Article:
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North Carolina Wills Laws

A will is a legally binding document or oral statement (allowed in limited circumstances) that lays out an individual's after-death plans for his or her property and affairs. For example, a person's will might state that his prized record collection should be split equally among his four grandchildren and that he would like his ashes deposited in the Mississippi River. North Carolina will laws are similar to will laws in other states, but (unlike manystates) also allows holographic, or handwritten, wills.

The main provisions of North Carolina's will laws are listed in the table below. See FindLaw's Wills section for additional articles and resources.

Code Section § 31-1, et seq.
Age of Testator 18 years or older and of sound mind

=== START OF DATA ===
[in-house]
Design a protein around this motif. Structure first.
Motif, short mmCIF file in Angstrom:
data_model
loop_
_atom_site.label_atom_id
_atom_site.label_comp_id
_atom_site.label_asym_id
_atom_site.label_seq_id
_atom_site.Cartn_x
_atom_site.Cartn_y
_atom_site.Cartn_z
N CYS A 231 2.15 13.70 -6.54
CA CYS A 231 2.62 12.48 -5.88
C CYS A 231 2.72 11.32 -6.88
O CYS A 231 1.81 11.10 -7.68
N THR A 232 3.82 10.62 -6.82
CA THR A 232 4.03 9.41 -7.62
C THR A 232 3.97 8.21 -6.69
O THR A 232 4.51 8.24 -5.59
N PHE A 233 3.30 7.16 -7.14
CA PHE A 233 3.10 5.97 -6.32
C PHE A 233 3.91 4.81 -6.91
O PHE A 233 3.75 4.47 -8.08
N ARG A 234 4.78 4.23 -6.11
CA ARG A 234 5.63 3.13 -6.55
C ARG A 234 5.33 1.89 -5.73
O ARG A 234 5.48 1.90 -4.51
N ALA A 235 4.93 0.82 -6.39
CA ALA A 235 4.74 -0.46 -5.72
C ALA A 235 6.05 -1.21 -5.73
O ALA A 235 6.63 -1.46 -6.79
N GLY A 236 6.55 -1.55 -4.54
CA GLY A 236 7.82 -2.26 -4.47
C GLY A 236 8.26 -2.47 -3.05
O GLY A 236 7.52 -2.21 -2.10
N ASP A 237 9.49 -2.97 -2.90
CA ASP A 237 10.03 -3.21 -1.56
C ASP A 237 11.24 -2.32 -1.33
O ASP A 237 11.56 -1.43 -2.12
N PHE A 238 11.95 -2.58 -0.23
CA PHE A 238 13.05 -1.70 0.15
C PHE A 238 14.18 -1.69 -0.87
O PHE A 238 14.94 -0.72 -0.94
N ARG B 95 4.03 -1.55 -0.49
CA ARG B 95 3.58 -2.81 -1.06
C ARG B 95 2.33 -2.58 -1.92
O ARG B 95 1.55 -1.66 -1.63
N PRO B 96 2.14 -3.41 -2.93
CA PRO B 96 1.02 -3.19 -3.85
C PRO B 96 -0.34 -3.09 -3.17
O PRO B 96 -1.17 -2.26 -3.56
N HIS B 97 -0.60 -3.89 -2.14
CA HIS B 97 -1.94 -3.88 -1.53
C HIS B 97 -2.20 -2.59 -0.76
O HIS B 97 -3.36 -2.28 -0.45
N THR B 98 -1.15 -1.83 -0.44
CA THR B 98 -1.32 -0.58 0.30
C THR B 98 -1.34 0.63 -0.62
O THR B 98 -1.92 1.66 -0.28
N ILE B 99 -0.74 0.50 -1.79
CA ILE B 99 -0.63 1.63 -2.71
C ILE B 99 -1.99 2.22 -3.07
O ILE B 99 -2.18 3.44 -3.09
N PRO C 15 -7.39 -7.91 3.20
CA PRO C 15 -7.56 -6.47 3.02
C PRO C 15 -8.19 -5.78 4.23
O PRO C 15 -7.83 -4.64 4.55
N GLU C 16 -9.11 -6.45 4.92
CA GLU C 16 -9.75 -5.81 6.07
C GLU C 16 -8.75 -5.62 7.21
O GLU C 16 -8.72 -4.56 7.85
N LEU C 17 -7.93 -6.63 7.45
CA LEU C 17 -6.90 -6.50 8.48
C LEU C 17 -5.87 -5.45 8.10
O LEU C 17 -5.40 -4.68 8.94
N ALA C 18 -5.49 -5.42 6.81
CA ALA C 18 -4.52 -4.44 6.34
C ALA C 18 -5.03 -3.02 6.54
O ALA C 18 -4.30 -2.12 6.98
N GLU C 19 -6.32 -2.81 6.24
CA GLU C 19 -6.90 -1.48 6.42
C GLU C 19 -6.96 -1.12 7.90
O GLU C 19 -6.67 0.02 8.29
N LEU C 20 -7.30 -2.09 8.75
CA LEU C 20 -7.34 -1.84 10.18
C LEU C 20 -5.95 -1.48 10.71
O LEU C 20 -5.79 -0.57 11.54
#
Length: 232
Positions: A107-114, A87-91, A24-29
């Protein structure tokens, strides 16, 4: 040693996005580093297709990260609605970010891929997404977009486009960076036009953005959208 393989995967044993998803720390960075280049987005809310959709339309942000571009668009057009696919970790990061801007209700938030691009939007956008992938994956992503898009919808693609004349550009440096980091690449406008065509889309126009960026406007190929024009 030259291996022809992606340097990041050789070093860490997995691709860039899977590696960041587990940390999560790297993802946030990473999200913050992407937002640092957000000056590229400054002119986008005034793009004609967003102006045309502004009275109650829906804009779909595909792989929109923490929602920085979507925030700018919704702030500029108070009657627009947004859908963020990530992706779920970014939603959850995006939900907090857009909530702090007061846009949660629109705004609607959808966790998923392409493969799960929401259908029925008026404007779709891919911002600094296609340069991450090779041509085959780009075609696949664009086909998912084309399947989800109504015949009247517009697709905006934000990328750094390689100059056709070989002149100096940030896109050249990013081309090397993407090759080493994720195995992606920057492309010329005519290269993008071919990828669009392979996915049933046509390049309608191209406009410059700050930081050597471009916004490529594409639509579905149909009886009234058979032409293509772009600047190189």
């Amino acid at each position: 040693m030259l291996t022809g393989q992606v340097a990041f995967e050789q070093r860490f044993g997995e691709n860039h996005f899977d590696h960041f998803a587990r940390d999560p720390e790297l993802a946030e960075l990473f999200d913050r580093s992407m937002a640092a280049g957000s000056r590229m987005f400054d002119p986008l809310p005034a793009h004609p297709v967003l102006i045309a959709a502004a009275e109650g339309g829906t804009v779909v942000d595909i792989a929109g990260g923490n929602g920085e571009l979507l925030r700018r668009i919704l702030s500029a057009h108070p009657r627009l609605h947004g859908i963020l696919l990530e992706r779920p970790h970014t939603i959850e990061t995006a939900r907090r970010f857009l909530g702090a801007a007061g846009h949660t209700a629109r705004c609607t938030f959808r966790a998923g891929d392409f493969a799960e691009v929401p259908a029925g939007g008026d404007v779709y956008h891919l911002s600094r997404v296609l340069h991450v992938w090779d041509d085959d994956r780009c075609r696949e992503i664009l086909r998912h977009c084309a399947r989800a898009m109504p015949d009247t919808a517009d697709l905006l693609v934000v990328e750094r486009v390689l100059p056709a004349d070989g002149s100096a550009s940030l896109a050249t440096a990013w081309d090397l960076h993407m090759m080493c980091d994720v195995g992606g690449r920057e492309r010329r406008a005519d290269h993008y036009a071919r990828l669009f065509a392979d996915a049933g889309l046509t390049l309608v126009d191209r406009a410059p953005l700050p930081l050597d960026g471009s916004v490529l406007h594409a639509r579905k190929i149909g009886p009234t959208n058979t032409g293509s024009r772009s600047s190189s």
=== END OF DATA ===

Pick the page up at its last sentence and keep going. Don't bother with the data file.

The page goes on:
Number of Witnesses Attested by at least two competent witnesses, each of whom must sign will in presence of testator but need not sign in presence of each other.
Nuncupative (Oral Wills) Made by person in his last sickness or in such imminent peril of death and who does not survive such sickness or peril and declared to be his will before two competent witnesses simultaneously present and specially requested by him to bear witness thereto.
Holographic Wills Written entirely in testator's handwriting and subscribed by testator and found after testator's death among his valuable papers or in safe deposit box or other safe place or with some person under his authority for safekeeping; no witness required.

Note: State laws are constantly changing -- contact a North Carolina wills attorney or conduct your own legal research to verify the state law(s) you are researching.

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